When my husband, Rob, and I moved to Charlottesville in August of 2001, I bought a new car—a trusty Toyota Corolla.
One year later, we left the maternity unit with our first child–our daughter, Liana. We strapped her into her car seat and drove off on a new adventure with our greatest privilege–and responsibility.
From the get-go, Liana seemed to have a mind of her own; she knew what she wanted.
As an older baby, she’d make noises while being held until we reached a certain destination. Rob and I joked that she liked us to carry her, not so much to be cuddled as to have a mode of transportation.
As for crawling and walking—this girl could not wait to go for it!
Liana continued along these lines, even riding a plane by herself at nine years old to visit her best friend who had moved away.
Fast-forward several more years–she was eager to get her driver’s license. She reached that milestone this past fall and started to borrow—did you guess?–my Corolla.
One month ago I bought a new car, and the Corolla is now Liana’s “new” car. It’s no longer fit for driving over mountains or long distances on the highway, but it’s still fine for local driving.
Yeah, it’s scratched and dented. It’s hit lots of potholes and bumps. It’s gone quite the distance. It’s not exactly a teenager’s aesthetic (or technological) dream, but she’s grateful.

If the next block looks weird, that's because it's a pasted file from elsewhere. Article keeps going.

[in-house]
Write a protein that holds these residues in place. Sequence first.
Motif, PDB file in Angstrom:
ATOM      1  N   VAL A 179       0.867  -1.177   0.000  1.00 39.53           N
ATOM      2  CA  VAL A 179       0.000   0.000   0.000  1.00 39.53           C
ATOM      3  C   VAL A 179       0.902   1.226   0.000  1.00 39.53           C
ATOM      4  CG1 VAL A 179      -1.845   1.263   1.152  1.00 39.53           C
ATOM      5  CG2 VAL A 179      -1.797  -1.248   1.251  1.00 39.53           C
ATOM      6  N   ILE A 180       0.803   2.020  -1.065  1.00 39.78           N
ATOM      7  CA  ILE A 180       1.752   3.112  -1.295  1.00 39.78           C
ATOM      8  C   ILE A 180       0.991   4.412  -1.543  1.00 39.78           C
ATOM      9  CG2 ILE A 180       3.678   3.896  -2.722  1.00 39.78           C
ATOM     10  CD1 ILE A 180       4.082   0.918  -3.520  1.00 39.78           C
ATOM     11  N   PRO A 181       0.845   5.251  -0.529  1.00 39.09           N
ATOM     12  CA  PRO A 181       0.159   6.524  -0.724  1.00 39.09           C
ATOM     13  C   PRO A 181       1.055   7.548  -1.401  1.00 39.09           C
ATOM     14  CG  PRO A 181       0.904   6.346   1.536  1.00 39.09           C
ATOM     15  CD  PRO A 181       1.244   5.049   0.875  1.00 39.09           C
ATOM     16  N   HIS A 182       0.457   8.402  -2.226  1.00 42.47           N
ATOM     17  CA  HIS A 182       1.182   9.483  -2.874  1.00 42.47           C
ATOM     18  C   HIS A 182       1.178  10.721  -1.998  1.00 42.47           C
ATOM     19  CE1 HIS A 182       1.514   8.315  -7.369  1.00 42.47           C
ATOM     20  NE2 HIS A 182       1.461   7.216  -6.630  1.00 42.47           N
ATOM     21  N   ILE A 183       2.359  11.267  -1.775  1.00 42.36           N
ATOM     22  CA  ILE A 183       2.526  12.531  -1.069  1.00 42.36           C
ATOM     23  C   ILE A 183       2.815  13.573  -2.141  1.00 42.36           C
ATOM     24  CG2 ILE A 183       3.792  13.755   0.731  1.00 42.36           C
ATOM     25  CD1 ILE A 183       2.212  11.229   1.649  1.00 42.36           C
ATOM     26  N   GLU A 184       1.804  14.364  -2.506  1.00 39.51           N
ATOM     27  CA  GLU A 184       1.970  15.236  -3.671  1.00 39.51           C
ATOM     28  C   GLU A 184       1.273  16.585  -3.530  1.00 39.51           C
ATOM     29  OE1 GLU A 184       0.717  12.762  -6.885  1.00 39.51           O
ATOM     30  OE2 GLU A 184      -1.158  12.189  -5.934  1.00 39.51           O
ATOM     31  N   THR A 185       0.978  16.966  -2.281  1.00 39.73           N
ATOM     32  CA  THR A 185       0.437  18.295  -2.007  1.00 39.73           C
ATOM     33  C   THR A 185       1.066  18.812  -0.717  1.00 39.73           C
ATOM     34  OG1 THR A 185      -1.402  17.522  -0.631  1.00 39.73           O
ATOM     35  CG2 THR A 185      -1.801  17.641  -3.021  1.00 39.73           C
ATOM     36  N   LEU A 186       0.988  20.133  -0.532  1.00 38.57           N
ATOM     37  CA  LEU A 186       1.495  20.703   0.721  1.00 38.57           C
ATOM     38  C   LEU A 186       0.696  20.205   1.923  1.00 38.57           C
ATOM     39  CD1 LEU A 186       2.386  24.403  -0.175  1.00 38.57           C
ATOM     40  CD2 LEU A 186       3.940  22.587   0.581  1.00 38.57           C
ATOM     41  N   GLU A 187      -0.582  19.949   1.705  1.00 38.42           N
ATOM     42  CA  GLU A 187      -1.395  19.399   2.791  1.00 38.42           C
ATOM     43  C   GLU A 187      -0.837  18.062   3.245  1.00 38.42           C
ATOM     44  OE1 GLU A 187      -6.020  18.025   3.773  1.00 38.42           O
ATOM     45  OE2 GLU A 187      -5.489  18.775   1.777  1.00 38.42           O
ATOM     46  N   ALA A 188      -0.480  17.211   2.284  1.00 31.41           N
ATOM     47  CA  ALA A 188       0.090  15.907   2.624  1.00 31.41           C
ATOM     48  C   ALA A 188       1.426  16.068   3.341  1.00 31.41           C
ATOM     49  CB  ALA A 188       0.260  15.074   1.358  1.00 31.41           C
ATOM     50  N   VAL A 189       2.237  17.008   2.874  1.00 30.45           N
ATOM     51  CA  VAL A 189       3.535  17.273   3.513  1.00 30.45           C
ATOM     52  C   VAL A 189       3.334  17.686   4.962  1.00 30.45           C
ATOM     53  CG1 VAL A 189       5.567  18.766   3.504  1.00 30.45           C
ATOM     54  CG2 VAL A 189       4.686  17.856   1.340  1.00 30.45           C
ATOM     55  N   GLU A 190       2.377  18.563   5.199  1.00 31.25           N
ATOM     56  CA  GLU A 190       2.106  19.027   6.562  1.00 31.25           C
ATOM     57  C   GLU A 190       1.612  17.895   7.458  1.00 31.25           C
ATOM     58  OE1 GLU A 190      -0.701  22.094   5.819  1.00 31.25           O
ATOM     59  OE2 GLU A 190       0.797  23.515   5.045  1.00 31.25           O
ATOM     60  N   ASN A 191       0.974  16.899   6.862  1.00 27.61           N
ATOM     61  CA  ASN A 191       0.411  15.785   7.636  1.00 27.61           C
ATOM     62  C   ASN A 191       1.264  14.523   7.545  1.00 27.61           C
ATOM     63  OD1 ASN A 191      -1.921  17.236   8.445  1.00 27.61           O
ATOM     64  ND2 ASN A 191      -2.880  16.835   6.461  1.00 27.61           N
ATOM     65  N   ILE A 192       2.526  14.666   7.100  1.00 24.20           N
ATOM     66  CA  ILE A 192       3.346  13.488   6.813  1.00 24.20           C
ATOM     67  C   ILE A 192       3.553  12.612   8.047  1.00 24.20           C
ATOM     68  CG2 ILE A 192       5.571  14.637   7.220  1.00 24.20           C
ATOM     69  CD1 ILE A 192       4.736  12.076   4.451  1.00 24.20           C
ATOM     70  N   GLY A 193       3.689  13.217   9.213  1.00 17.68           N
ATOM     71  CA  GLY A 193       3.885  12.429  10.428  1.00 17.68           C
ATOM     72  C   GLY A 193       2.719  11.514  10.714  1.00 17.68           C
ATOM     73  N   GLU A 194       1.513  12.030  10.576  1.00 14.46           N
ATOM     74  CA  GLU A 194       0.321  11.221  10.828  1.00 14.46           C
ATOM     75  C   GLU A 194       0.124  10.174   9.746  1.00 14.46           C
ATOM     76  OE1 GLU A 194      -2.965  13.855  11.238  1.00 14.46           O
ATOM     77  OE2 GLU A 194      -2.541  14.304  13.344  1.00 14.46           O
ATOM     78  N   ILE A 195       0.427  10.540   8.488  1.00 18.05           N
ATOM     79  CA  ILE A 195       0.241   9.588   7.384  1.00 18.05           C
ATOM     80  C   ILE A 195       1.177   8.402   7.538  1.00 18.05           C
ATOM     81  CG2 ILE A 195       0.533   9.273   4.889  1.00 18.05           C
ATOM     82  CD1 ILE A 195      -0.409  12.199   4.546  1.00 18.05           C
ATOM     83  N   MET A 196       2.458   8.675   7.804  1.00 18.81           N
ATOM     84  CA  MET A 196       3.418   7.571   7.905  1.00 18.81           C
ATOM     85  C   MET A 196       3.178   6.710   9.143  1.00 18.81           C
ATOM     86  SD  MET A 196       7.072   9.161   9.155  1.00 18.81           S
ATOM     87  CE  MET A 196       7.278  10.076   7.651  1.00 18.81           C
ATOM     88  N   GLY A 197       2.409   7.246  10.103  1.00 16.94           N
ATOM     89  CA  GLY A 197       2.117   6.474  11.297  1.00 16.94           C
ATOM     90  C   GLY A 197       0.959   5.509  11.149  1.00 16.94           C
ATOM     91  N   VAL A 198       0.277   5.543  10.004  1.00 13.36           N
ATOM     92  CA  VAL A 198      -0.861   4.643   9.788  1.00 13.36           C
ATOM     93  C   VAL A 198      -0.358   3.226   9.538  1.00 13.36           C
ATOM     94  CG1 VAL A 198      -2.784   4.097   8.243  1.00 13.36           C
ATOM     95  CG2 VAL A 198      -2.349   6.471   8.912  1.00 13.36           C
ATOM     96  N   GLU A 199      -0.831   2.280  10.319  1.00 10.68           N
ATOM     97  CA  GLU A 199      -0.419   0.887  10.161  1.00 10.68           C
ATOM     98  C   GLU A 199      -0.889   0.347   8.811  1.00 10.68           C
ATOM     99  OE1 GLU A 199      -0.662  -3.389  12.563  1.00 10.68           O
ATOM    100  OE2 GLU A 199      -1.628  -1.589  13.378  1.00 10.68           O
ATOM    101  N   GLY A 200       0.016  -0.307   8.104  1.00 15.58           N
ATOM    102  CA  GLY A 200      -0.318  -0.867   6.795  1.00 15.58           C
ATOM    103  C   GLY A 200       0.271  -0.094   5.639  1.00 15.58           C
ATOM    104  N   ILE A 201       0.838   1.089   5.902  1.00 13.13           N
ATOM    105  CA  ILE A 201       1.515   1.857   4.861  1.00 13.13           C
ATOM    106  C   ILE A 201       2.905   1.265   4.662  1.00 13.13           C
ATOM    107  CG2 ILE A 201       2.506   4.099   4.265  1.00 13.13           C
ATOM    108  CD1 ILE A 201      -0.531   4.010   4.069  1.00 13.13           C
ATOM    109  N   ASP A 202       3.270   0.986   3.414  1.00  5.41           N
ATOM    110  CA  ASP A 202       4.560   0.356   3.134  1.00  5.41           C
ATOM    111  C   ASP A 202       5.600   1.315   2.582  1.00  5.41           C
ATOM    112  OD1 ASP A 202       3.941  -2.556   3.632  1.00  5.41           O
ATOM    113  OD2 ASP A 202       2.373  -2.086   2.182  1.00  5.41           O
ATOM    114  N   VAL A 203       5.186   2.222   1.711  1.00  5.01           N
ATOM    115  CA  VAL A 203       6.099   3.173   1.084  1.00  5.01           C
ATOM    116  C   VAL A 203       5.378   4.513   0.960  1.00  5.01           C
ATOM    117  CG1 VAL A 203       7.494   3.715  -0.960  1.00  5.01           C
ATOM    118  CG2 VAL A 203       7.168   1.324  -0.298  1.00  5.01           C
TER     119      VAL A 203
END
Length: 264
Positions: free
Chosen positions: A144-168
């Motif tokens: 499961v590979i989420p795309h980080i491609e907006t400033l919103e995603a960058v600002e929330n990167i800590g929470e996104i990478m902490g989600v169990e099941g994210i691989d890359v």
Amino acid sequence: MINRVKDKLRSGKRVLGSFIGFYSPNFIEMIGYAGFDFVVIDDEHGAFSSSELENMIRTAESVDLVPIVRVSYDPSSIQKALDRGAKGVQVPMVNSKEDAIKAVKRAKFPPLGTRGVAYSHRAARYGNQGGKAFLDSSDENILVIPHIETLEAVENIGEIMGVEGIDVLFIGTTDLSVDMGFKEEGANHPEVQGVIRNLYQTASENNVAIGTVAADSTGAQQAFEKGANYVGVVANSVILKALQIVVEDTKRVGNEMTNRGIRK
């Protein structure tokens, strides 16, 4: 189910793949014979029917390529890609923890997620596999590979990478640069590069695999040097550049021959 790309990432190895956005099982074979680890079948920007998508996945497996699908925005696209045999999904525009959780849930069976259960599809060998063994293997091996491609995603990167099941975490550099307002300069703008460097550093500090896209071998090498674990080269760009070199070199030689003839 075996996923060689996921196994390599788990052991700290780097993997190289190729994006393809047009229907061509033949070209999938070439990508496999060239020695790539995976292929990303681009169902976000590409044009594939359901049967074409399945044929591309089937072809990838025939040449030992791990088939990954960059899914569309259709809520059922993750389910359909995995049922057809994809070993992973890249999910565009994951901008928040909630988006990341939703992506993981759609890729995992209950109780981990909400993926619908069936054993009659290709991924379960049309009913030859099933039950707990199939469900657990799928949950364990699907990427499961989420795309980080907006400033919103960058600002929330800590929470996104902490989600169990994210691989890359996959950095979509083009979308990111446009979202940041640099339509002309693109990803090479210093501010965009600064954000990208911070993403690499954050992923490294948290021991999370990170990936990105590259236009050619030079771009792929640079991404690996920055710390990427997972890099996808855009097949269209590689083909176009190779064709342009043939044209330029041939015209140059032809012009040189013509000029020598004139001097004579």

That old Corolla—may it be as good to her as it’s been to me. I knew that I’d drive it for years. That’s what Rob and I do: we keep our cars. But I didn’t think I’d keep the Corolla for 18 years. Eighteen years of errands, carpools, and road trips.
Eighteen years of graduations—from preschool, elementary, and middle school.
This coming spring, Liana is due to graduate from high school. I’m already feeling her impending departure. I’m very excited for her. And yet, I’ll miss her so much.
I often find myself thinking, “This is the last [fill in the blank].” I’m growing sentimental (even more than usual). Five for Fighting’s song, “100 Years” runs through my head: “The sun is getting high. We’re moving on.” I know, I know, but I can’t help it…
I live life, feeling both the loss and the gratitude. For me, each magnifies the other: more loss because of the gratitude; more gratitude because of the loss. But in the end, gratitude wins big time. We’re lucky that she’s able to live her life.
For much of Liana’s childhood, it may have looked as though I were in the driver’s seat, but really, I’ve just been a guide.
I trust that Liana will continue to make good choices, to define success on her own terms, to live her best life. And I wish her all the luck in the world as she continues on her adventure, with greater privilege—and responsibility. I can’t wait to see where she takes herself.
One thing’s for sure: This girl is going places.
And wherever she goes… may she always see the wonder in the world.
Until we meet again,